Loss on ignition as a method for estimating organic and carbonate content in sediments: reproducibility and comparability of results
- 9.7k Downloads
Five test runs were performed to assess possible bias when performing the loss on ignition (LOI) method to estimate organic matter and carbonate content of lake sediments. An accurate and stable weight loss was achieved after 2 h of burning pure CaCO3 at 950 °C, whereas LOI of pure graphite at 530 °C showed a direct relation to sample size and exposure time, with only 40-70% of the possible weight loss reached after 2 h of exposure and smaller samples losing weight faster than larger ones. Experiments with a standardised lake sediment revealed a strong initial weight loss at 550 °C, but samples continued to lose weight at a slow rate at exposure of up to 64 h, which was likely the effect of loss of volatile salts, structural water of clay minerals or metal oxides, or of inorganic carbon after the initial burning of organic matter. A further test-run revealed that at 550 °C samples in the centre of the furnace lost more weight than marginal samples. At 950 °C this pattern was still apparent but the differences became negligible. Again, LOI was dependent on sample size.
An analytical LOI quality control experiment including ten different laboratories was carried out using each laboratory's own LOI procedure as well as a standardised LOI procedure to analyse three different sediments. The range of LOI values between laboratories measured at 550 °C was generally larger when each laboratory used its own method than when using the standard method. This was similar for 950 °C, although the range of values tended to be smaller. The within-laboratory range of LOI measurements for a given sediment was generally small. Comparisons of the results of the individual and the standardised method suggest that there is a laboratory-specific pattern in the results, probably due to differences in laboratory equipment and/or handling that could not be eliminated by standardising the LOI procedure.
Factors such as sample size, exposure time, position of samples in the furnace and the laboratory measuring affected LOI results, with LOI at 550 °C being more susceptible to these factors than LOI at 950 °C. We, therefore, recommend analysts to be consistent in the LOI method used in relation to the ignition temperatures, exposure times, and the sample size and to include information on these three parameters when referring to the method.
Unable to display preview. Download preview PDF.
- Ball, D. F., 1964. Loss-on-ignition as an estimate of organic matter and organic carbon in non-calcareous soils. J. Soil Sci. 15: 84–92.Google Scholar
- Belis, C. A., A. Lami, P. Guilizzoni, D. Ariztegui & W. Geiger, 1999. The late Pleistocene ostracod record of the crater sediments from Lake Albano (Central Italy): changes in trophic status, water level and climate. J. Paleolim. 21: 151–169.Google Scholar
- Bengtsson, L. & M. Enell, 1986. Chemical analysis. In Berglund, B. E. (ed.), Handbook of Holocene Palaeoecology and Palaeohydrology. John Wiley & Sons Ldt., Chichester, 423–451.Google Scholar
- Dean, W. E. Jr., 1974. Determination of carbonate and organic matter in calcareous sediments and sedimentary rocks by loss on ignition: Comparison with other methods. J. Sed. Petrol. 44: 242–248.Google Scholar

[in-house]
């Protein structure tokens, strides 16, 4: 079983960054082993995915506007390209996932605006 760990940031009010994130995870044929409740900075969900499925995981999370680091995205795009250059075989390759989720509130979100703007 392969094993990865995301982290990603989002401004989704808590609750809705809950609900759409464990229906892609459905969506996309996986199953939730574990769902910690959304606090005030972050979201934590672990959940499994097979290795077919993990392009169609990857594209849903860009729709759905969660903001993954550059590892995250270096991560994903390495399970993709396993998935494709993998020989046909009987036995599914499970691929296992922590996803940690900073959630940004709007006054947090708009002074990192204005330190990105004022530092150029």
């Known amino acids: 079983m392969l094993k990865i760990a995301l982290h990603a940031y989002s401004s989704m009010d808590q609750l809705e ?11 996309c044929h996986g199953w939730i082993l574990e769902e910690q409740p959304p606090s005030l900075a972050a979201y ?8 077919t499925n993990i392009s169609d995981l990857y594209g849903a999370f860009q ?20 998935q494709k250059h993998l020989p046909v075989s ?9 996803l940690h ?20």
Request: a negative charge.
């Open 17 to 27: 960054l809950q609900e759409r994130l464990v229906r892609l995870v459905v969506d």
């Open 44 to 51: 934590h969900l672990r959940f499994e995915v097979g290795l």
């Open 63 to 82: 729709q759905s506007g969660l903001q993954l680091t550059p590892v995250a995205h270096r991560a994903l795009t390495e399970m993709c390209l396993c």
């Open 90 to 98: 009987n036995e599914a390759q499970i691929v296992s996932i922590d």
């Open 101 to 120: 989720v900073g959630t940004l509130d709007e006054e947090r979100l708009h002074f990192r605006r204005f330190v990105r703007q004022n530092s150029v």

- Henderson, P. J. & W. M. Last, 1998. Holocene sedimentation in Lake Winnipeg, Manitoba, Canada: implications of compositional and textural variations. J. Paleolim. 19: 265–284.Google Scholar
- Korhola, A., A. F. Lotter, H. J. B. Birks & N. G. Cameron, 1999. Climate history as recorded by ecologically sensitive arctic and alpine lakes in Europe during the last 10,000 years: a multiproxy approach (CHILL-10,000). In Proceedings of the European Climate Science Conference, Vienna, City Hall, 19- 23 October 1998 (in press).Google Scholar
- Korsman, T., M. B. Nilsson, K. Landgren & I. Renberg, 1999. Spatial variability in surface sediment composition characterised by near-infrared (NIR) reflectance spectroscopy. J. Paleolim. 21: 61–71.Google Scholar
- Lamoureux, S., 1999. Spatial and interannual variations in sedimentation patterns recorded in nonglacial varved sediments from the Canadian high arctic. J. Paleolim. 21: 73–84.Google Scholar
- Mortimer, C. E., 1983. Chemie - Das Basiswissen der Chemie in Schwerpunkten. Georg Thieme Verlag, Stuttgart, 637 pp.Google Scholar
- Spaulding, S. A., D. M. McKnight, E. F. Stoermer & P. T. Doran, 1997. Diatoms in sediments of perennially ice-covered Lake Hoare, and implications for interpreting lake history in the McMurdo Dry Valleys of Antarctica. J. Paleolim. 17: 403–420.Google Scholar
- Sutherland, R. A., 1998. Loss-on-ignition estimates of organic matter and relationships to organic carbon in fluvial bed sediments. Hydrobiologia 389: 153–167.Google Scholar
- Virkanen, J., A. Korhola, M. Tikkanen & T. Blom, 1997. Recent environmental changes in a naturally acidic rocky lake in southern Finland, as reflected in its sediment geochemistry and biostratigraphy. J. Paleolim. 17: 191–213.Google Scholar
- Walker, I. R., E. D. Reavie, S. Palmer & R. N. Nordin, 1993. A paleoenvironmental assessment of human impact on Wood Lake, Okanagan Valley, British Columbia, Canada. Quat. Int. 20: 51–70.Google Scholar
- Wathne, B. M., S. T. Patrick, D. Monteith & H. Barth (eds), 1995. AL:PE - Acidification of mountain lakes: Palaeolimnology and Ecology. AL:PE 1 report for the period April 1991- April 1993. Ecosystem Research Report 9, European Commission, Directorate-General for Science, Research and Development, Luxembourg, 296 pp.Google Scholar
- Weliky, K., E. Suess, C. A. Ungerer, P. J. Mü ller & K. Fischer, 1983. Problems with accurate carbon measurements in marine sediments and particulate organic matter in sea water: a new approach. Limnol. Oceanogr. 28: 1252–1259.Google Scholar